No Man's Land
In pursuit of the radical
What: No Man's Land Film Festival
When: 7 pm Thu., Jan. 31
Where: Fraser Hall, WWU
Info: 650-6146 or http://www.tickets.wwu.edu
Wednesday, January 23, 2019
In promotional materials for the adventure juggernaut known as the No Man’s Land Film Festival, women are seeing navigating raging rivers in kayaks, rappelling down seemingly bottomless ravines, mountain biking along jaw-dropping vistas, wrestling with airplane propellers, composing hip-hop music while seated atop very steep hilltops, sailing, paragliding, hiking, surfing and preparing to hit the slopes.
By all accounts, the short works that make the cut for the annual all-woman film festival that is based out of the Rocky Mountains of Colorado and tours around the United States (and beyond) have one thing in common—they tell the stories of kickass individuals who identify as women and aren’t afraid to cross boundaries, both literally and figuratively.
Festival founder Aisha Weinhold says when she first conceived of a film festival that would cater solely to females in the adventure and outdoors industry, she was met with both resistance and contempt.
“No one could understand why women in sports needed a voice,” she wrote in 2016 in an op-ed for Whoa Mag. “The general consensus was that women are not as talented as men and that this film festival would result in a celebration of mediocrity and untamed emotion.”
Determined to prove her critics wrong, Weinhold continued to collect film content in pursuit of her mission. And, at the premiere No Man’s Land Film Festival event in September of 2015, the 250-seat venue she’d booked was full of men and women there to witness her labor of love come to fruition. Since then, new and classic films have screened everywhere from Boston to Bellingham.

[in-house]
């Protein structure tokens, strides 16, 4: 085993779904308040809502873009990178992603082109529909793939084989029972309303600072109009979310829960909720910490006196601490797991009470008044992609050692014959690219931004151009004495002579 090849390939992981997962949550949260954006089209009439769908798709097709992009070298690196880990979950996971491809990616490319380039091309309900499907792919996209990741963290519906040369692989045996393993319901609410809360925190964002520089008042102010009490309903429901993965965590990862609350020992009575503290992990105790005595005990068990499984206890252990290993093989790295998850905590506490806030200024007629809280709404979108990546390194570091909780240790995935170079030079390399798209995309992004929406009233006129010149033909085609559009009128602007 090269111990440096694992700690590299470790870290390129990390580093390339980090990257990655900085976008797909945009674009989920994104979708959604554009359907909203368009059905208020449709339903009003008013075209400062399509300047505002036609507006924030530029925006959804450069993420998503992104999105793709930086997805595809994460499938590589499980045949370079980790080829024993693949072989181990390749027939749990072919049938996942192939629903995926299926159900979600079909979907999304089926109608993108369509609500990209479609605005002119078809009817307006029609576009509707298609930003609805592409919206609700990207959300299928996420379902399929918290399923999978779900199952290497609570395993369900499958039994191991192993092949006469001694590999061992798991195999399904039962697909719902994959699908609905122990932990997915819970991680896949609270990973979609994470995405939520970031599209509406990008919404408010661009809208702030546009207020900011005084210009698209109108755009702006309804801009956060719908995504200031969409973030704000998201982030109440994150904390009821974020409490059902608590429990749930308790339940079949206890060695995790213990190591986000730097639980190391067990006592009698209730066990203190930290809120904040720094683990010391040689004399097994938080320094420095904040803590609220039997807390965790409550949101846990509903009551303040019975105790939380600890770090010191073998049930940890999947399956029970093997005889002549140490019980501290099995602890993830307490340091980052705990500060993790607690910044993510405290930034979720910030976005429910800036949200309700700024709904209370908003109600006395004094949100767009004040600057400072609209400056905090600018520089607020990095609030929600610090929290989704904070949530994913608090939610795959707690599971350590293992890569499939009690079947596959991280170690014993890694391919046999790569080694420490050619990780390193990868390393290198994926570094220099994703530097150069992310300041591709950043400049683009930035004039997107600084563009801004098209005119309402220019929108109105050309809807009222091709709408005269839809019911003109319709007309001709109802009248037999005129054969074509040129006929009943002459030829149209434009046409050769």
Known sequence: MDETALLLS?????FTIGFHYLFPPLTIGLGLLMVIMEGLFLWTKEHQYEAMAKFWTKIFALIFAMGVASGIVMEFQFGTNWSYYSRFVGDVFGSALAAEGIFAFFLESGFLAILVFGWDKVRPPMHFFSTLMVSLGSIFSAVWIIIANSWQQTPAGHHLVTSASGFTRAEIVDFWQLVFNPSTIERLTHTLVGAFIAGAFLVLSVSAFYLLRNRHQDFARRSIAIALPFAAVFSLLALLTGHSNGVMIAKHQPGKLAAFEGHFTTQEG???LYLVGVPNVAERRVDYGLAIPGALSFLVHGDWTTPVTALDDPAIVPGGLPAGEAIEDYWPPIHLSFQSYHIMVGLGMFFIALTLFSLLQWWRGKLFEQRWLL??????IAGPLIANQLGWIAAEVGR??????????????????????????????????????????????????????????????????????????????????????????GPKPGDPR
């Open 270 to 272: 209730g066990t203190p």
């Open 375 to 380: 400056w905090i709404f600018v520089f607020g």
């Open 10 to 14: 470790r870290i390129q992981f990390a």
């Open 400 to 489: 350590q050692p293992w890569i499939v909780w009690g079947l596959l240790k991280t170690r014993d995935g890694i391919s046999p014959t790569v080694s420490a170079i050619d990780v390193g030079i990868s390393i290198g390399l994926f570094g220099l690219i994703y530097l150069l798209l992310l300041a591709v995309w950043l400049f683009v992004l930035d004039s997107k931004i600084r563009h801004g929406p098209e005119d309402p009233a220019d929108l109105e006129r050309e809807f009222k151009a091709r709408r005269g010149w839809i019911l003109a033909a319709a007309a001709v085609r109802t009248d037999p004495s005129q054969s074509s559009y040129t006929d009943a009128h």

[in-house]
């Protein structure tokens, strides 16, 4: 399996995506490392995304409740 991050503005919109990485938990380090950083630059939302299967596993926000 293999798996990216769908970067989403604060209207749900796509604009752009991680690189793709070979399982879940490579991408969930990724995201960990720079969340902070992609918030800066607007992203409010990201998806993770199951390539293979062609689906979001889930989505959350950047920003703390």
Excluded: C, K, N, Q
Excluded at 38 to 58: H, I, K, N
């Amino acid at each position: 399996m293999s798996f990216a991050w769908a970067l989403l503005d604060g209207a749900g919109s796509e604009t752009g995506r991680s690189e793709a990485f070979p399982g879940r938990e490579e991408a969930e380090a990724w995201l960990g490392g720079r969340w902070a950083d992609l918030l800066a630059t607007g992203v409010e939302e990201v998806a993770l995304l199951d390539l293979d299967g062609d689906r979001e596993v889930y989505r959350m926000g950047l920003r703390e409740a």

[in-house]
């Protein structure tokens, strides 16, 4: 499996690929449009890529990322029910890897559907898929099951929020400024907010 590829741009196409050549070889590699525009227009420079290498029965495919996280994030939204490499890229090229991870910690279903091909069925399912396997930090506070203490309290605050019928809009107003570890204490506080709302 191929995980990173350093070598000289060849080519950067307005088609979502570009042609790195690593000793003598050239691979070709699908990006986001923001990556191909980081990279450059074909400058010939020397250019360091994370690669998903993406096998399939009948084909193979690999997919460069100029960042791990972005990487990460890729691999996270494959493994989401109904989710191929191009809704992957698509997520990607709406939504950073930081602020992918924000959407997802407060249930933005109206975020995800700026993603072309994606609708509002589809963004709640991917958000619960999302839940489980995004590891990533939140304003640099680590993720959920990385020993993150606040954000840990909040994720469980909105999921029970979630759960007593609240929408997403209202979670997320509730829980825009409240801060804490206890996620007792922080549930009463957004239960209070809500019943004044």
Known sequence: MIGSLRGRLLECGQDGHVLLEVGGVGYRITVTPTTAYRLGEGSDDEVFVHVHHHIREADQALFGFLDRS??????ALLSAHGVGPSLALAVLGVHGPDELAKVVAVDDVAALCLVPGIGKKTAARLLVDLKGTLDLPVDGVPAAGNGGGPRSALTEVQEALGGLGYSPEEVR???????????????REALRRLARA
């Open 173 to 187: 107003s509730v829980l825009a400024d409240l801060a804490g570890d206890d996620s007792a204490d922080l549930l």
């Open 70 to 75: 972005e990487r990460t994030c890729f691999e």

“The ladies featured in these films in no way represent a culture of mediocrity or irrational emotions,” Weinhold says. “These women paint a picture of the present and future of women in the outdoor and adventure sports industry. The U.S. women’s soccer team is finally speaking out about differences in pay grades between their male counterparts. Women now must register for the draft. Women in sports are beginning to receive the coverage, respect equity and appreciation that they deserve.”
And because a big part of the mission of the No Man’s Land Film Festival is to connect people who identify as women and are in pursuit of the radical, the tour stop coming to Western Washington University Thurs., Jan. 31 at Fraser Hall will include a “Ladies Night” round table discussion, networking opportunities, and mocktails before the screening.
“We all belong to a wide range of diverse communities,” Weinhold says. “At No Man’s Land, we recognize that these collectives are our greatest allies and paramount in creating meaningful change.”
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